The Future of Educational Technology?
I’m currently serving on a committee tasked by the Chancellor to explore how the university can use digital technologies, particularly social media, to enhance our teaching, research, and service missions. Each committee member is taking a turn to share the current technology landscape at Vanderbilt as s/he sees it. My turn to share the CFT’s perspective came around last week.
Here’s the Prezi I used for my presentation. You can click the forward arrow to move through the Prezi one step at a time, or use your mouse to pan and zoom freely around the Prezi.
Here are a few of the ideas and perspectives I shared with the committee:
- As a center, we get to interact with faculty who are innovators in the area of educational technology, like Corbette Doyle, senior lecturer in Leadership, Policy, & Organizations, who shared her use of social media and classroom responses systems here on the blog last year. We’re also hosting a series of conversations with faculty who teach using course blogs in which students share their writing and learning with each other and the wider world.
- That said, our “PowerPoint Makeover Clinics” are some of our more popular workshops, indicating a need among faculty for assistance with what is perhaps less-cutting-edge technology. I think it’s important that the committee’s recommendations take into account the many faculty we have here who are open to using new technologies, but aren’t as comfortable jumping in with both feet as some of our early adopters. (See this post on my personal blog for more thoughts on this topic, including some thoughts on the pace of change in higher ed.)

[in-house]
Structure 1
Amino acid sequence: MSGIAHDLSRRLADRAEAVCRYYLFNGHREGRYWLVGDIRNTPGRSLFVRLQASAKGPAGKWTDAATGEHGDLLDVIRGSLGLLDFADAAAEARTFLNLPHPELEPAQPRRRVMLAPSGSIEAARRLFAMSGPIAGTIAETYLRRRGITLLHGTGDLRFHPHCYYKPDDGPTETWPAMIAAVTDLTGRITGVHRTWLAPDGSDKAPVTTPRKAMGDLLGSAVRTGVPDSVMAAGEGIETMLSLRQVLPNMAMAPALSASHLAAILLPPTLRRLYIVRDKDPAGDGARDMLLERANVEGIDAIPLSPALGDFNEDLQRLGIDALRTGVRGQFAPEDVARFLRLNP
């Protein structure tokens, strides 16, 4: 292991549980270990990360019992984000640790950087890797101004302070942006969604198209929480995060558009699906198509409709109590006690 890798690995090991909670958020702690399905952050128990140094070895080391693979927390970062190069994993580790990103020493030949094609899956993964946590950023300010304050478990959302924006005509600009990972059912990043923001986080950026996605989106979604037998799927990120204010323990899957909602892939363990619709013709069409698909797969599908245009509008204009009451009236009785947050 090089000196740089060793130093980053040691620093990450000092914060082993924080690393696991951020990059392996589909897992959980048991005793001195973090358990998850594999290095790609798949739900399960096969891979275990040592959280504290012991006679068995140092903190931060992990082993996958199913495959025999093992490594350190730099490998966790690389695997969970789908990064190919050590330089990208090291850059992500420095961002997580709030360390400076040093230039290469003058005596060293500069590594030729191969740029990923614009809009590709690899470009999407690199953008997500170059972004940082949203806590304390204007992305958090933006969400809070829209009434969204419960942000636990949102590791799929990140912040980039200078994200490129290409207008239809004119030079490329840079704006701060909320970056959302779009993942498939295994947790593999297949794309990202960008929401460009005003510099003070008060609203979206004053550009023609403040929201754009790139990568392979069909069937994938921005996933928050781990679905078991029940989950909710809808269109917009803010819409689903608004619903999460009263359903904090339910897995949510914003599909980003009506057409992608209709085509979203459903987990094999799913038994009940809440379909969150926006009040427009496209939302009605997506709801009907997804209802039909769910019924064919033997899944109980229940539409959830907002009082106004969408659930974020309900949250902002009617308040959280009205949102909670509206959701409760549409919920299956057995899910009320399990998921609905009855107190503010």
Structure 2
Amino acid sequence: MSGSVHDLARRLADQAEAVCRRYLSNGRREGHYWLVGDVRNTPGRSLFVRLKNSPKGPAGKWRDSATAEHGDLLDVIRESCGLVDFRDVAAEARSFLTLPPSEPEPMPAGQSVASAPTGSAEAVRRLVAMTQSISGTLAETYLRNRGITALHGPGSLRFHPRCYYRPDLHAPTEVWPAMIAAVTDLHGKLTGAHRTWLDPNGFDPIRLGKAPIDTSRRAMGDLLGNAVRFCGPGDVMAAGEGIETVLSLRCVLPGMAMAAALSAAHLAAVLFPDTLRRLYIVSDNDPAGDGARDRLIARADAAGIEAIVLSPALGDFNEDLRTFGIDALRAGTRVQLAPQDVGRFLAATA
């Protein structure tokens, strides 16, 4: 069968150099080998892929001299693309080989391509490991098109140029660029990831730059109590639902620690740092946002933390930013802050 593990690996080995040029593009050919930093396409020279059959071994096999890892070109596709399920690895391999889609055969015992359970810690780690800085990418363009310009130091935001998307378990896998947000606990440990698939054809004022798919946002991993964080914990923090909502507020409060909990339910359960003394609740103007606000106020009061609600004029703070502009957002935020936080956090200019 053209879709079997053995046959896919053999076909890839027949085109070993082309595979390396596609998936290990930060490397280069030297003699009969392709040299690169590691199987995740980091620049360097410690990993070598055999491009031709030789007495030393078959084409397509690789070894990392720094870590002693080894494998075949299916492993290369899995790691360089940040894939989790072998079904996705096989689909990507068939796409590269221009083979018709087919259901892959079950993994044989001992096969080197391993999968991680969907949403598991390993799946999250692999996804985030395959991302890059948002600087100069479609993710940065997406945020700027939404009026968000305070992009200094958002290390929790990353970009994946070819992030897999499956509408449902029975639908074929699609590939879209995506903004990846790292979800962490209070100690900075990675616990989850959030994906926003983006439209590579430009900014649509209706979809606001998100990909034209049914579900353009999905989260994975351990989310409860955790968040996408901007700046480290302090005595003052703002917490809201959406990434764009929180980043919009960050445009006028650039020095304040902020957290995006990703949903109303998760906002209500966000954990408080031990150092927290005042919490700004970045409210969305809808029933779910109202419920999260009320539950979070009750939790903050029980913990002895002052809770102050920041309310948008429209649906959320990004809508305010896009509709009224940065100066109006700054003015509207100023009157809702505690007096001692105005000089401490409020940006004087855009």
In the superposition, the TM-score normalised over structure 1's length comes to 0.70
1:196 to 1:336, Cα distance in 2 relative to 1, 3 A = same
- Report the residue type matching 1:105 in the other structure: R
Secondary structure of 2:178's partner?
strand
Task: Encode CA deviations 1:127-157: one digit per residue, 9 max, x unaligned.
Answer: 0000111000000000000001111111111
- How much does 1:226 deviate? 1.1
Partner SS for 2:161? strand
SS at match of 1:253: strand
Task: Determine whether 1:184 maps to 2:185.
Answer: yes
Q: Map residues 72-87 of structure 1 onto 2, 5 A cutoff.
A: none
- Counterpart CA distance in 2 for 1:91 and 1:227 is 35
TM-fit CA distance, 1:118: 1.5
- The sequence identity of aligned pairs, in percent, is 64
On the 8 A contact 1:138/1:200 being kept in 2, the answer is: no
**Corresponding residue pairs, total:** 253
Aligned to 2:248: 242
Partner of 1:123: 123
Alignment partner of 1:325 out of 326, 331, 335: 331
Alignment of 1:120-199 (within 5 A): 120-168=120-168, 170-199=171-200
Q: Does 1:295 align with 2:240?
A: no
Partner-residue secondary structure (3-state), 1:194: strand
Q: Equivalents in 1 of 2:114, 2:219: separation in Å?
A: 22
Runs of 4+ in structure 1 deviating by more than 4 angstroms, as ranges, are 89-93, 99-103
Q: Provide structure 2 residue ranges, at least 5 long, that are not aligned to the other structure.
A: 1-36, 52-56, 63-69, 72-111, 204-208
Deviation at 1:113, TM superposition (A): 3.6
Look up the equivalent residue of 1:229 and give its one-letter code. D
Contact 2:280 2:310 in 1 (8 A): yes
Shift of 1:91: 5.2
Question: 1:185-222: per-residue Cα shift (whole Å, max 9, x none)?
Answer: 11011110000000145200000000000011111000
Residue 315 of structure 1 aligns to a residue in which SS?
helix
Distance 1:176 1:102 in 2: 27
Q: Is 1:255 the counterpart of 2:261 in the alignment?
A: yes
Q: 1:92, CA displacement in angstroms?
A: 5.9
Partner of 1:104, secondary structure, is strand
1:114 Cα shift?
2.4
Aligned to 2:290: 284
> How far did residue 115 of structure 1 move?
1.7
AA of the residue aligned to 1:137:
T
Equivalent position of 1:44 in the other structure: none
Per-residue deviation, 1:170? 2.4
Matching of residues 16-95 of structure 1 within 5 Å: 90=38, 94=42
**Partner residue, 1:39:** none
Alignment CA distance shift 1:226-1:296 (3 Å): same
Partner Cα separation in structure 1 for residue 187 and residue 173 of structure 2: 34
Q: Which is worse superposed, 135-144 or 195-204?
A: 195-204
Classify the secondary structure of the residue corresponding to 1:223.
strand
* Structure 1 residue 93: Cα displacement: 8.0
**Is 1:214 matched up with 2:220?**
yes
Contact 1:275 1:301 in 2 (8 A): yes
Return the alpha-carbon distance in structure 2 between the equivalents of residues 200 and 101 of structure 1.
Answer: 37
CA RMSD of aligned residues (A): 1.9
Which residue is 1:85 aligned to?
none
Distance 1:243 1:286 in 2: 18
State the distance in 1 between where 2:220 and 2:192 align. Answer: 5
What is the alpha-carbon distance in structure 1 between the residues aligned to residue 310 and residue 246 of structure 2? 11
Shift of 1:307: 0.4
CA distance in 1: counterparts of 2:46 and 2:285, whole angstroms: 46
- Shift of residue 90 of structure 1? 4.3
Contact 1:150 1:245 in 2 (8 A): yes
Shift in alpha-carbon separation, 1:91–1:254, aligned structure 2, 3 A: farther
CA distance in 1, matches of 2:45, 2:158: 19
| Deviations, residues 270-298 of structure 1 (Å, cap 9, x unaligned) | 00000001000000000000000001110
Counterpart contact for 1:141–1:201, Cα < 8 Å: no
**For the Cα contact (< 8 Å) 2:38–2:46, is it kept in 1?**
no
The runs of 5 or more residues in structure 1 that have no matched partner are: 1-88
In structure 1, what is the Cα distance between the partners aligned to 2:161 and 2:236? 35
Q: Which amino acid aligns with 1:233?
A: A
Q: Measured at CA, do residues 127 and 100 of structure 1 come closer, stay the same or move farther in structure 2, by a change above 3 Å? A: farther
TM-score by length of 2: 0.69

- I quoted one of our 25th Anniversary symposium speakers, Cynthia Paschal, associate professor of biomedical engineering, who said at that event, “Our technology use reflects our values, and, here at Vanderbilt, we value community.” I’m interested in the committee exploring ways that we can use technology to enhance the community here at Vanderbilt, including the face-to-face community.
- I shared a few frameworks for thinking about how technology can be used to enhance teaching and learning, including the notions of social pedagogies, students-as-producers, and integrative learning. For examples of technologies that support these approaches to teaching, see my Prezi above or this blog post over on my personal blog.
We had a rich discussion at the committee meeting that day, with good questions raised about the “value added” of particular technologies, best practices for using particular technologies, and the importance of identifying what Vanderbilt uniquely offers. See this recap for a bit more on these questions.
I’ll leave you with the following statement from Dan Morrison, one of our graduate teaching fellows who is also assisting the committee. It’s powerful.
“Engaging students in important, unstructured problems and working with them to find solutions is probably the key to Vanderbilt’s success as a learning institution.”
How do you see technology enhancing the teaching mission of the university? Should technology change how or what we teach at Vanderbilt?Image: “Choices,” by me, Flickr (CC)